Extraction (2020): Action / Crime / Thriller

Extraction

A self-destructive, black market mercenary signs up for a deadly mission where allies and enemies are difficult to tell apart.

I’m gonna start with the bad news: The script, unequivocally, has more holes than Swiss cheese. Something that, unavoidably, leads to clichés. Without wanting to decimate both the story and the plot, know what you sign up for! Two hours of standard Hollywood, action narrative, seriously lacking plausibility, and character depth.

Now for the good news: As a representative example of cinema of attractions, Extraction‘s mid-fighting sequence, where everyone is after Tyler and the kid, the seemingly almost-12-minute, protracted shot is brilliantly made. This type of filmmaking is challenging as hundreds or thousands of people put their magic touch to look as impressive. A lot of people are getting injured in front of the camera, and a lot of people are working endlessly day and night behind it. What’s more, Chris Hemsworth nails his part as the tough as nails guy who suffers internally more than he suffers when he gets run over and shot. Sam Hargrave’s directorial debut who has come a long way from a stunt double (Chris Evans’ as Captain America), to stunt choreographer to here. And been produced by the Russo Brothers, I can assume that MCU is indeed… a family. I admire people like Hargrave. He reminds me of other successful stunts turned directors and producers such as Chad Stahelski and David Leitch, and Zoë Bell. It is a hopeful sign that talent and hard work pay off.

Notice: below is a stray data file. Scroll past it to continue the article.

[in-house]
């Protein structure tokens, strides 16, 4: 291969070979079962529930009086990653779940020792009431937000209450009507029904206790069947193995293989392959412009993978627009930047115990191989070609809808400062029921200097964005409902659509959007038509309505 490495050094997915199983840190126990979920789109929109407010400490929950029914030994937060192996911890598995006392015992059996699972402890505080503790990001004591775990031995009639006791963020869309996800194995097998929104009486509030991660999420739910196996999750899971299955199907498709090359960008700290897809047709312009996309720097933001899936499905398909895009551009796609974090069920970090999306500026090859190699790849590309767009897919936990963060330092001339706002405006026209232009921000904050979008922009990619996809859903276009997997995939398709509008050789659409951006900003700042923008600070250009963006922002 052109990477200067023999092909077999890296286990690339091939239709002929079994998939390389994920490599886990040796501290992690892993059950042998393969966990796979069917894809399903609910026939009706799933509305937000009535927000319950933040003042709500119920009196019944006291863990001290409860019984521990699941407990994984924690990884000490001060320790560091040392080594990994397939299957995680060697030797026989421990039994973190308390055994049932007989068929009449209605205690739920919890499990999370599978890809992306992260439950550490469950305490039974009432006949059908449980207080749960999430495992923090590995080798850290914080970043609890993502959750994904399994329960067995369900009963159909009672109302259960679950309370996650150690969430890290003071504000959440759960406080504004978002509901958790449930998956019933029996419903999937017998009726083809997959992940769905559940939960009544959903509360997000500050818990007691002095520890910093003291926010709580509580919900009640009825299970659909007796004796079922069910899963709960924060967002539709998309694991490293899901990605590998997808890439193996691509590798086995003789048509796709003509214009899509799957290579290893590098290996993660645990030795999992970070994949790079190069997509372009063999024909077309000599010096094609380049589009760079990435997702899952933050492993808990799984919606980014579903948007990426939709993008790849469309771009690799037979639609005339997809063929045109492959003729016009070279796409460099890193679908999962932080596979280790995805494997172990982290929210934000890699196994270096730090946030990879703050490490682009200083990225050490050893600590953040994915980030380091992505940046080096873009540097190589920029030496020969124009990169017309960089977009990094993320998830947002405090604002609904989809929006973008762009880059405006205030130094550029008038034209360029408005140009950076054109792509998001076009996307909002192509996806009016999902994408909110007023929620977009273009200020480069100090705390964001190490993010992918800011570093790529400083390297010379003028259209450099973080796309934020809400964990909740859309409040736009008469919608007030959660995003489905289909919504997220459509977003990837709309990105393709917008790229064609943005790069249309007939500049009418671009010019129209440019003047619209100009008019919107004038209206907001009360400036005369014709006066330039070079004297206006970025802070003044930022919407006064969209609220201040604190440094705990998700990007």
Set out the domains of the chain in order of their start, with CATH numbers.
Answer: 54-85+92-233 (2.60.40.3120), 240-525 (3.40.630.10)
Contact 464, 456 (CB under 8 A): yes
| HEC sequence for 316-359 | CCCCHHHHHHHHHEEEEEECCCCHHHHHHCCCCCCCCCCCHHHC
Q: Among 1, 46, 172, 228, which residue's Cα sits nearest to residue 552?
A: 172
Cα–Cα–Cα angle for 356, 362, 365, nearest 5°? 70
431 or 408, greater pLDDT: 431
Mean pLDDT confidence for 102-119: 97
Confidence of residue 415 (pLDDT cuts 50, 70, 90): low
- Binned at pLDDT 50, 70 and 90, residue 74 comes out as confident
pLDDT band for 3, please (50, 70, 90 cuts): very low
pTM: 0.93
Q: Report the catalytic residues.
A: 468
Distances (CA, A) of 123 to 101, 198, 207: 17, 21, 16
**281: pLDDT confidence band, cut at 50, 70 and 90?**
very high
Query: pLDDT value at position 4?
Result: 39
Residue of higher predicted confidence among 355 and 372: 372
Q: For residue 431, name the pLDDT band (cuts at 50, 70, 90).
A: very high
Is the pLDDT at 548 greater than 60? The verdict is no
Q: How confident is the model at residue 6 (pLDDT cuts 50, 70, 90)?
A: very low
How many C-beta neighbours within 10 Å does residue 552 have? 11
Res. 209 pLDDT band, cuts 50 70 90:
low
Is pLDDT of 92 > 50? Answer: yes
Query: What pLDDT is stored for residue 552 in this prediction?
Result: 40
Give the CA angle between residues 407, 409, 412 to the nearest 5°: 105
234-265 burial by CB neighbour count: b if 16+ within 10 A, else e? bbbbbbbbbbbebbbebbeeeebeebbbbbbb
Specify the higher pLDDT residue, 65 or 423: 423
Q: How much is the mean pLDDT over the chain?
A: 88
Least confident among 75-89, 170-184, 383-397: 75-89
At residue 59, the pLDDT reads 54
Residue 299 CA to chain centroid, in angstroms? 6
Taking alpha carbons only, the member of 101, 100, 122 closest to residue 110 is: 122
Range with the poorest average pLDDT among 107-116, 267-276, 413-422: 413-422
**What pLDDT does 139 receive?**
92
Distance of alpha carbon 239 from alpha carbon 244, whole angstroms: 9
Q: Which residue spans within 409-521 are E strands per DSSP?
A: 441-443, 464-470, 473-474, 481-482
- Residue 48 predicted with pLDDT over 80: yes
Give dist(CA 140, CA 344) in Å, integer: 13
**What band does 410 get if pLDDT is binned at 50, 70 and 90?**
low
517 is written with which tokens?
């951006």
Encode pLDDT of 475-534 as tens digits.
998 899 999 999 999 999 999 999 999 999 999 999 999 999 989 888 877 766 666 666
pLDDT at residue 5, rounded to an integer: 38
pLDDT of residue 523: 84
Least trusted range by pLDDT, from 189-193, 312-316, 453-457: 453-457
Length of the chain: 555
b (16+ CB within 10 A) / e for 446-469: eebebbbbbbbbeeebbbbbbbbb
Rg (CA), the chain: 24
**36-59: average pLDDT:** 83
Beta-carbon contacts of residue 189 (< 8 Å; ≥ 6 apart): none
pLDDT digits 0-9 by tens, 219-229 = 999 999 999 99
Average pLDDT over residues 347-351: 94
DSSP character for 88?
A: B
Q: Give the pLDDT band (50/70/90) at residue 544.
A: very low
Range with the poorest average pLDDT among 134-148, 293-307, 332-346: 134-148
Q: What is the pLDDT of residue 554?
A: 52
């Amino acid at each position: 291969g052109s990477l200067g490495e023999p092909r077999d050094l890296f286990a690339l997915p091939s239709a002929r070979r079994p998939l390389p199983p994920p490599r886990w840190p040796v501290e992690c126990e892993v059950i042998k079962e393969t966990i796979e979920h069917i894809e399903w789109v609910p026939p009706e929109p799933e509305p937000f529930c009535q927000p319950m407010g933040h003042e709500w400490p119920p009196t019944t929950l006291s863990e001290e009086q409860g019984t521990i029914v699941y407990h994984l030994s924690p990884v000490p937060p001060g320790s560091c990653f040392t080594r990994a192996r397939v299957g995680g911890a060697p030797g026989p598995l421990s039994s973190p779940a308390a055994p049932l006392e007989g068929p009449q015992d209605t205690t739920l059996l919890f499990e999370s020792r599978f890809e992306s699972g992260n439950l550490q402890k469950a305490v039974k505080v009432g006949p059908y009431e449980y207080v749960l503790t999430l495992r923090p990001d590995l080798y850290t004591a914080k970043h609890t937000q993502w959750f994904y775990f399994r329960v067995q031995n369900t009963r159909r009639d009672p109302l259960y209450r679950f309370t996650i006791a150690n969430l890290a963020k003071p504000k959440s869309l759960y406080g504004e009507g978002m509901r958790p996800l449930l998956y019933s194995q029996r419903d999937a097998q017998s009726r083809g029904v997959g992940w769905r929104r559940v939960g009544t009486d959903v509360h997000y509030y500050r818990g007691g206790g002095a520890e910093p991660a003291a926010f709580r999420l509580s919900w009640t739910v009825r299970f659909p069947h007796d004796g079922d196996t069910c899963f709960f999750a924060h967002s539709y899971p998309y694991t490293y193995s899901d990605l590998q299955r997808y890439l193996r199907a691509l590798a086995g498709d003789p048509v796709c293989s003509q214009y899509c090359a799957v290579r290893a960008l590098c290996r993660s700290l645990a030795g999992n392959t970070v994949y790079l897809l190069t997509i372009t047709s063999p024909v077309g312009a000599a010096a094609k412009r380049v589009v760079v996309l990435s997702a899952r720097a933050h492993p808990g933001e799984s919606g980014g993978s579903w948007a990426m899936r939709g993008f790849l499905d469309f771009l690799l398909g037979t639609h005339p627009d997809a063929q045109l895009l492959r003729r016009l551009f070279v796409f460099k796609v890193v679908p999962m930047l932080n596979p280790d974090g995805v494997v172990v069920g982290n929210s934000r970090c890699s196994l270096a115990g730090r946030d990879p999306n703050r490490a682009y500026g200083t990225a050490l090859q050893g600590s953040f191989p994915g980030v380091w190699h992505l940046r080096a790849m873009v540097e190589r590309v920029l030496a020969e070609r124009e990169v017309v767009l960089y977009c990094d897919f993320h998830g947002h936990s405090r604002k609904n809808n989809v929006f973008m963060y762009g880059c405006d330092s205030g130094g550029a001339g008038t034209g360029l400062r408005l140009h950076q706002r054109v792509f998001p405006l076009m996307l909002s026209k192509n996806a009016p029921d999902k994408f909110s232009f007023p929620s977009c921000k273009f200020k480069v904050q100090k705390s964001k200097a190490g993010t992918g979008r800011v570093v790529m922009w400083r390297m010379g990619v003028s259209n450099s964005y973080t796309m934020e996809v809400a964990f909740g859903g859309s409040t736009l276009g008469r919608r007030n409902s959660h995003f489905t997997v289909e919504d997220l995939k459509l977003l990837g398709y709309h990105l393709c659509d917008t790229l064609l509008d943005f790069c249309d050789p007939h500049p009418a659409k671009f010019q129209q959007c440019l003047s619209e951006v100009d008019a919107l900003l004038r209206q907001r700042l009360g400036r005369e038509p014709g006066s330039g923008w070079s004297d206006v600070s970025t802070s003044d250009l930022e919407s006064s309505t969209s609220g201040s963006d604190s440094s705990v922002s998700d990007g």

So, who is this film for? For everyone who wants to forget our deeply damaged reality, consisting of shameless hypocrites and cowards who found themselves in power – or represent it. Turn off reality for a bit and see how popcorn entertainment can serve its purpose. My heart goes out to the people suffering. But remember:

“[…] Through every dark night, there’s a bright day after that. So no matter how hard it get, stick your chest out, keep ya head up…. and handle it.” ― Tupac Shakur

Stay safe!

21 Bridges (2019): Action / Crime / Drama

21 Bridges.jpg

A drug robbery goes horribly bad, police officers get killed, and a hard as nails cop shuts down Manhattan in order to get them.

It feels like anything positive I have to say about the film is going to be generic and everything that is wrong will be thoroughly detailed. So, I’ll try to balance it out. The corruption in the police is old news. One man fighting against the system, too. The fact that racism is left out is hopeful. And shutting down Manhattan to achieve a bust is… innovative. 21 Bridges is definitely entertaining and will make you forget your problems for an hour and forty minutes. But implausibility becomes a major issue.

It’s giving me the sense that a third of the film is missing. A third of the film has been left in the editing room. In an hour and forty minutes, we don’t get enough character development. ‘Trigger’ doesn’t earn his name and yet it shows towards the end that he has skills. Ray (brilliantly played by the always brilliant Taylor Kitsch), the guy that is not to be messed with no matter what does not get the time (or opportunity) to go against ‘Trigger’ and give us, the audience, a spectacle. So, their brief encounter is anticlimactic. Then, the four hours script-time (the timeframe in which the cop killers need to get caught) must be squeezed into less than an hour screen-time with action that happens way too fast and disillusions the magic. To cut the long story short, the parallel action is at warp speed, jumping from one clue to the next, leading to resolution, leaving us with no absorption of any information. With the Russo Brothers putting on the producers’ hat, I would expect more detail, especially with character development.

To finish up on a good note, the robbery in the opening act is meticulously shot, with the editing offering clean cuts and, coincidentally, clean action. Also, Chadwick Boseman is the right man for the role and if you want to see him properly unfolding his action skills, watch Message from the King (2016).